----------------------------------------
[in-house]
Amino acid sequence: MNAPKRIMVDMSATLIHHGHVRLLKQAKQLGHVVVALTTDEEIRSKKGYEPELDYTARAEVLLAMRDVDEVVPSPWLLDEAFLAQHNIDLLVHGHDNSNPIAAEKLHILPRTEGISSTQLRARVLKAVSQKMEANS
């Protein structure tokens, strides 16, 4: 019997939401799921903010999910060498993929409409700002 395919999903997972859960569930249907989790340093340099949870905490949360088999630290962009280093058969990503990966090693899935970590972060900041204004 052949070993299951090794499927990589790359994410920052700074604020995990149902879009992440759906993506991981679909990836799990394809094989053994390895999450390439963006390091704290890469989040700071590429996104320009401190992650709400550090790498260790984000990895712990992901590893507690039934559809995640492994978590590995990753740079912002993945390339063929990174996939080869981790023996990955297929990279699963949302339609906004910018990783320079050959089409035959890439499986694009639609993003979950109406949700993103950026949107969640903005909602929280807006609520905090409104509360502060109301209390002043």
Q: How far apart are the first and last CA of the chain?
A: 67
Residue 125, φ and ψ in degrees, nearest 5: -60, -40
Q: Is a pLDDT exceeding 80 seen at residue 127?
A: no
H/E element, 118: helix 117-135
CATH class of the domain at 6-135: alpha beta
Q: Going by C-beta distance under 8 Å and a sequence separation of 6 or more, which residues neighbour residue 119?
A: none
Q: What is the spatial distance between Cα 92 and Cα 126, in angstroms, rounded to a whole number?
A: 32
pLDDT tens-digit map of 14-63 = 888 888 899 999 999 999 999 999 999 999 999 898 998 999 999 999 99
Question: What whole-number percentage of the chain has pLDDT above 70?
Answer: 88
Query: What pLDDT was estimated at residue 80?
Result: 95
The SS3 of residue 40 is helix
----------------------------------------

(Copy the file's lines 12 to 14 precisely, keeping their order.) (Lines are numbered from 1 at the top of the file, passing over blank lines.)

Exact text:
A: none
Q: What is the spatial distance between Cα 92 and Cα 126, in angstroms, rounded to a whole number?
A: 32